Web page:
Posted by: Brandon Yan | April 29, 2011

Close Up: Pedestrian Advocacy Network

Les deux magotsLes Deux Magots (Wikipedia) 

When the City of Vancouver went ahead with the separated bike lane trial on Hornby Street, opposition was strong. Local citizens and proprietors argued that the loss of road space, loading zones and curb parking would be the ruin of business along street. The City did its best to mitigate any negative effects of the lanes by modifying design and putting more parking on adjacent streets, however, two individuals, Katherine Lyon and Clayton Mollica, wanted to do something more. They wanted show the public and business owners the positives of the street’s new design, and to particularly emphasize the benefits to pedestrians.

They created Pedestrians Promoting Hornby Business (PPHB), a group that aimed to “challenge the prevailing North American logic that cycling infrastructure has negative commercial impacts” and they were going to do this by planning events and working with businesses. Since its creation more than 3 months ago, PPHB has held many successful events and now has six pedestrian advocates on their board (and looking for more!) and they’ve also recently expanded their focus and changed their name to the Pedestrian Advocacy Network (PAN).

We reached out to them a little while ago to learn a bit more about them. Mollica and Lyon were gracious enough to answer a few of our questions.

Firstly, since the changes to Hornby Street were to accommodate Cyclists, we asked them why PAN, a pedestrian advocacy group, is trying to ensure that the bike lane succeeds. Mollica said, “None of us are really cyclists, but we walk and take transit everywhere. Planning decisions that benefit cyclists are invariably positive for walkers and transit users. Making efficient use of road space just makes sense.” Lyon also added, “Pedestrians, cyclists and transit-users have many long-term goals in common.” For them, it’s about engaging citizens and businesses owners to show them that bikes lanes can have a positive effect in the community – and on their bottom lines. To do this, they’ve hosted many events along the street.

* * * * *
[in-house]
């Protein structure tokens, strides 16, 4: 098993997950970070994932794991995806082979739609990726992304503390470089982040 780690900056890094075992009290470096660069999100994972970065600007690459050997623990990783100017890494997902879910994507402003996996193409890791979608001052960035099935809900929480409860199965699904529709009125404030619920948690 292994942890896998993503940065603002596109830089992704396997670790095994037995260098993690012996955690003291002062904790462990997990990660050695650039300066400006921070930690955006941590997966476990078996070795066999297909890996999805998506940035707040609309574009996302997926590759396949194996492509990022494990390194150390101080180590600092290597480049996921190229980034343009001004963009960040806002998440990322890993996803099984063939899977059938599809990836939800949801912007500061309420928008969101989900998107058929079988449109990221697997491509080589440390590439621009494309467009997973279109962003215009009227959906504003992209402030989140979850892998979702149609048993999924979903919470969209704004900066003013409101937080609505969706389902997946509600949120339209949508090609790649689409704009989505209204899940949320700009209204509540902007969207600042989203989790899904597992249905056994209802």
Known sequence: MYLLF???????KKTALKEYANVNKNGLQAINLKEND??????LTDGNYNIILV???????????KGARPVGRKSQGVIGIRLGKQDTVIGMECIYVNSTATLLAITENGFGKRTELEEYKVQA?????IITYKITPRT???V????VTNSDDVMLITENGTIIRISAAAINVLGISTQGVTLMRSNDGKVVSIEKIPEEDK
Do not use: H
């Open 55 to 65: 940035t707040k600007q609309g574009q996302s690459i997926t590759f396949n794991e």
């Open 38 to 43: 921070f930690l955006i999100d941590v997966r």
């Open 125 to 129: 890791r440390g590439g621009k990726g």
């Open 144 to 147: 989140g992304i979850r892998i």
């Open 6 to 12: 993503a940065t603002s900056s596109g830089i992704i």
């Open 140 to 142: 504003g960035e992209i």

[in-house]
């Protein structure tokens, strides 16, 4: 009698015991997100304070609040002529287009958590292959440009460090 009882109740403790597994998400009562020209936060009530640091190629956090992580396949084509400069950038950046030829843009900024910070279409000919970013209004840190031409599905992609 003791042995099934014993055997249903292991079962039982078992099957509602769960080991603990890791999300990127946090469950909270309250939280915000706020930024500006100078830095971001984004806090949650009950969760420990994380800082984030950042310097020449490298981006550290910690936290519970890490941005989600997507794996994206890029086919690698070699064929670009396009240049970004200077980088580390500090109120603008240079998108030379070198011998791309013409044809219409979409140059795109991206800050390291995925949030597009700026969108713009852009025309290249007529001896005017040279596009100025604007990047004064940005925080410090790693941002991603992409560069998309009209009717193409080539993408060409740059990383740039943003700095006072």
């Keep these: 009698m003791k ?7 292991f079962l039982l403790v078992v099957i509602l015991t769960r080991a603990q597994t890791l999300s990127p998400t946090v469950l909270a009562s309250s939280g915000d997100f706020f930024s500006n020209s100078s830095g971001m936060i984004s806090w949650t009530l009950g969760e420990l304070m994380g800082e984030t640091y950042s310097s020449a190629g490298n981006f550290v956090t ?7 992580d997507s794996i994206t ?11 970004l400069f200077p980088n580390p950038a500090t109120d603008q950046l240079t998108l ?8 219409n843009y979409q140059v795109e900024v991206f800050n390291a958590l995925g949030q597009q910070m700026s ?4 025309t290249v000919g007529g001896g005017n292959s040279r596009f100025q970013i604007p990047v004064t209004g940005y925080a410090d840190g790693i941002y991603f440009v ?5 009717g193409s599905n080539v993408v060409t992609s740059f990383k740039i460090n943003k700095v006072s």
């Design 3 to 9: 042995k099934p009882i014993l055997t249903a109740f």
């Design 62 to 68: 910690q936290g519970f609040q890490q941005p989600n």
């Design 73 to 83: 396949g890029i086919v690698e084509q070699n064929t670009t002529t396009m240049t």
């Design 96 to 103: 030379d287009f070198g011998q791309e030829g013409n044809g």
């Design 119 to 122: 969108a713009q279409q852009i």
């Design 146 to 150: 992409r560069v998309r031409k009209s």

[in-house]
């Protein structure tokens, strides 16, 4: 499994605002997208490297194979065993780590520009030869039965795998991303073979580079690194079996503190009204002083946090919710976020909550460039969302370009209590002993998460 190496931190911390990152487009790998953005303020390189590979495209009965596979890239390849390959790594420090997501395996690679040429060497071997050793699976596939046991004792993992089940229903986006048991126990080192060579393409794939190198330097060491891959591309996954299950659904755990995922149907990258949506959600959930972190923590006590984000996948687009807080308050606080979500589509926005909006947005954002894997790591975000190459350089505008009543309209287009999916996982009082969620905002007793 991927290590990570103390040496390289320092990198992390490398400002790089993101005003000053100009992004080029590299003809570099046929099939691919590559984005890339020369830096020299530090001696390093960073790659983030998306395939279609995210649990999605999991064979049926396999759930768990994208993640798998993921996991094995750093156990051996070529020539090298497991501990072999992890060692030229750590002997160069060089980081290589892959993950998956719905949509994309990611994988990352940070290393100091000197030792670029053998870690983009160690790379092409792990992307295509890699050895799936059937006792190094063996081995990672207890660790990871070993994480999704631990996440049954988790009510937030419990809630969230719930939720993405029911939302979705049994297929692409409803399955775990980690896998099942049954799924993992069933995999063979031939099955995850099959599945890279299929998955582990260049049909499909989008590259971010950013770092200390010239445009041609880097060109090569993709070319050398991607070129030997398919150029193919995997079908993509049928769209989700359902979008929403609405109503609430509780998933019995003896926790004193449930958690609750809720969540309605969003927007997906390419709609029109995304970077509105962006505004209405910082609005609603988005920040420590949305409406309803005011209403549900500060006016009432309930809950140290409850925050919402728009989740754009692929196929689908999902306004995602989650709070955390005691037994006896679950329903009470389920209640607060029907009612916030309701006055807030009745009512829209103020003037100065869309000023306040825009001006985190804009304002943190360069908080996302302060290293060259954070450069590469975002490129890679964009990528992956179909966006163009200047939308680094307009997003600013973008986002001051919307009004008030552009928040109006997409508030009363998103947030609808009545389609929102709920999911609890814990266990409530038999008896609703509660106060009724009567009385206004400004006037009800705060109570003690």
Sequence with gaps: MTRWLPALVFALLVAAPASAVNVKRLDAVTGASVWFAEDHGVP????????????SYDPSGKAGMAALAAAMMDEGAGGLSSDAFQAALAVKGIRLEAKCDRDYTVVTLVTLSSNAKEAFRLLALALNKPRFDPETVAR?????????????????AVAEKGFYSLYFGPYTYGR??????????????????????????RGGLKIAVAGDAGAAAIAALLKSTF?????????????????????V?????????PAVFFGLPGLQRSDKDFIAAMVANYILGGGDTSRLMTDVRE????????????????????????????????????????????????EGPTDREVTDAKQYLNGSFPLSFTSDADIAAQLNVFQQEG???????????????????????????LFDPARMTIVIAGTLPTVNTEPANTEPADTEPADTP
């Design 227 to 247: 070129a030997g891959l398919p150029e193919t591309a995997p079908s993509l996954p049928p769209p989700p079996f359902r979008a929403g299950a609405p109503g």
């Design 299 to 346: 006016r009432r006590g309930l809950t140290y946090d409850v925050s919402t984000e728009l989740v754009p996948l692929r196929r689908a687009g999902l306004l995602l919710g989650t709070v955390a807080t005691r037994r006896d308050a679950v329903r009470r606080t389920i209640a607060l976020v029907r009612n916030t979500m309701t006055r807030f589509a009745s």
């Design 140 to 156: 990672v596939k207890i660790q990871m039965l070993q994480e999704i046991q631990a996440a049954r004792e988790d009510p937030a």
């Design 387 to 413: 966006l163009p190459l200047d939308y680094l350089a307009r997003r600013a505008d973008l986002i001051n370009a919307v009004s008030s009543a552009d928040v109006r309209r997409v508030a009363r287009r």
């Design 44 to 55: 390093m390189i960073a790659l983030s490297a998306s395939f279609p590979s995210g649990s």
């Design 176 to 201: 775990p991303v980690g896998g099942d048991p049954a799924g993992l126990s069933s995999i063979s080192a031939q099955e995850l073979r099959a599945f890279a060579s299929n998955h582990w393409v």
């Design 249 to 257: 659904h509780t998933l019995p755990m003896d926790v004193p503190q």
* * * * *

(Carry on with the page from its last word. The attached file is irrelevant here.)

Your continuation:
So far, they’ve done a lot of ‘STORM’ dining events at restaurants. Think flash mob but more delicious. Recently, they held a Discover Downtown walk and ride with the Vancouver Area Cycling Coalition (VACC). Mollica noted that the response has been good so far. “People have been having a great time and many ideas have been shared. We have strong relationships with a few key businesses, and with our recent partnership with VACC, this will hopefully continue in the months to come.” Lyon added that while many businesses have been incredibly hospitable, others have also discussed their concerns. She continued, “One of our aims is to increase communication and decrease the polarization of groups around Hornby” (think Toronto and the War on Cars).

Discover Vancouver with the VACC and PAN // April 2011 from Duran Cheung on Vimeo.

I asked Mollica what he would like to see more of on Hornby and his answer was simple: more sprawling sidewalk patios. Personally, I couldn’t agree more. He went on a bit more: “[PAN’s] main goal is to promote a vibrant, commercially-viable downtown core that is enjoyable for people on foot.” Lyon also emphasized the need for more areas to sit and socialize.

Mollica noted that Vancouver has so far been a leader in North America for its planning decisions but argued that there’s no time to be complacent. “If Vancouverites don’t support these decisions through action and advocacy, we risk losing our vibrant downtown core like so many other modern, post-war cities,” he said.

We at VPSN are glad to see another group of dedicated people advocating for better city and we look forward to working with them. You can check out the Pedestrian Advocacy Network on facebook and twitter.

More about the Clayton and Katherine:

Clayton Mollica is currently a researcher and teaching assistant in the Department of Sociology at UBC and is also an employment counselor for a Neighbourhood House in East Van.

Katherine Lyon is a research associate with the Department of Sociology at UBC analyzing BC high school education curricula and leading tutorials for students. She also volunteers as an event and fundraising coordinator for non-profits in the Downtown Eastside.


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